In the beginning…
Created in 1877, the Museum was initially attached to the Royal Conservatory of Brussels, in order to introduce students to old musical instruments. It brought together the collection of the famous Belgian musicologist François-Joseph Fétis (1784-1871), and the one offered in 1876 to King Leopold II by the Rajah Sourindro Mohun Tagore (1840-1914), which included about a hundred Indian instruments.
These collections were quickly enriched by the work of Victor-Charles Mahillon (1841-1924), the museum's first curator. He gave the institution its international scope. He purchased, among other, the impressive Contarini-Correr collection of 121 sixteenth- and seventeenth-century Italian and German instruments. When he died in 1924, the MIM already had 3,666 items, including 3,177 original musical instruments...
Situated in Old England, an Art Nouveau architectural gem built in 1899, the Museum presents a wide variety of collections, spread over four floors of exhibitions. The first floor is devoted to traditions around the world. The second floor offers a chronological overview of instruments in Europe. The second floor is dedicated to keyboards, an essential invention in the history of instrument making. Level -1 houses the mechanical, electrical and electronic collections.
Armonica of glass, baroque musette with three chalumeaux, barrel organ, fujara, higheghe, janggu, hajhouj... The visit is a real tour of the musical world through an interactive experience and allows to listen to nearly 200 musical extracts.
Alongside the exhibition rooms, the Museum offers a space for practice, discovery and experimentation: the Workshop. When the time allows it, the Museum also organizes concerts, screenings, conferences, and workshops for children.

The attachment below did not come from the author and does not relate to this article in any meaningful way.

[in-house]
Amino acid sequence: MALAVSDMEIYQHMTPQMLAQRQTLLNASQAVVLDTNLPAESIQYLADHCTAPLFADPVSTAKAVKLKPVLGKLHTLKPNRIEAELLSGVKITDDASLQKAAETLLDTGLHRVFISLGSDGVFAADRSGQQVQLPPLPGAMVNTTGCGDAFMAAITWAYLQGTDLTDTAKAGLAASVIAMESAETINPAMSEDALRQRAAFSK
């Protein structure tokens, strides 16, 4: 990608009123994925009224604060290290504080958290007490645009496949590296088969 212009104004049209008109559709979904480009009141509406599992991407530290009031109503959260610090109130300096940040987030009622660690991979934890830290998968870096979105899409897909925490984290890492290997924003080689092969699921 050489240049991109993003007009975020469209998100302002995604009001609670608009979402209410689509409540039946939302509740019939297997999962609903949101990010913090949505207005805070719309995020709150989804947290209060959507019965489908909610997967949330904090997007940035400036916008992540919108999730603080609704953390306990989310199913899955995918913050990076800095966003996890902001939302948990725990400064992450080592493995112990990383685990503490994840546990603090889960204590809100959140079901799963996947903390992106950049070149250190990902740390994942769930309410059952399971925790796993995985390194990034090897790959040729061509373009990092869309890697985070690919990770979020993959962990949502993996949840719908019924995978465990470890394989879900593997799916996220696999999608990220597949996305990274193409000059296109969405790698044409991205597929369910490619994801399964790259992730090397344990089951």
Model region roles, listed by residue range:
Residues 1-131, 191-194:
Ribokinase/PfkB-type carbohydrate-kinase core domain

Adolphe Sax in the spotlight
The Sax family played an essential role in the making of wind instruments in the 19th century. Charles-Joseph Sax, established in Brussels, made and perfected many instruments before introducing his sons to the art of instrument making. The eldest, Antoine-Joseph, known as Adolphe Sax, is none other than the inventor of the saxophone (and many other instruments).
The MIM collections include a large collection of instruments made by members of the Sax family, the largest in the world in a public collection. Among the 125 pieces are saxophones, saxhorns, saxotrombas, cornets, trumpets, six- and seven-pipe instruments, omnitone horns, bugles, flutes, clarinets...
Since 2020, the MIM has been home to the oldest surviving saxophone in the world. It is a baritone saxophone dating from 1846, the year Adolphe Sax patented his invention. It bears the number 2686 and the inscription "Saxophone baryton en mi b breveté, Adolphe Sax à Paris".
In the area of the museum dedicated to wind instruments, visitors can watch a video tracing the genesis of the saxophone. It begins with the invention of the instrument by Adolphe Sax, and continues with the manufacture of a saxophone today in the workshops of Henri Selmer Paris. Our company is indeed closely linked to the inventor. When Henri Selmer bought Adolphe Sax's workshops in 1929, he integrated his staff and his know-how, thus conferring on his company the status of universal legatee of the saxophone invention.
The MIM recently launched a virtual tour of its collections on its website. From your home, you can enter the museum and browse the different rooms full of historical instruments !
An initiative that allows you to continue to learn and feed your passion for music when access to culture is limited...
Photo/video credit: © Musée des Instruments de Musique de Bruxelles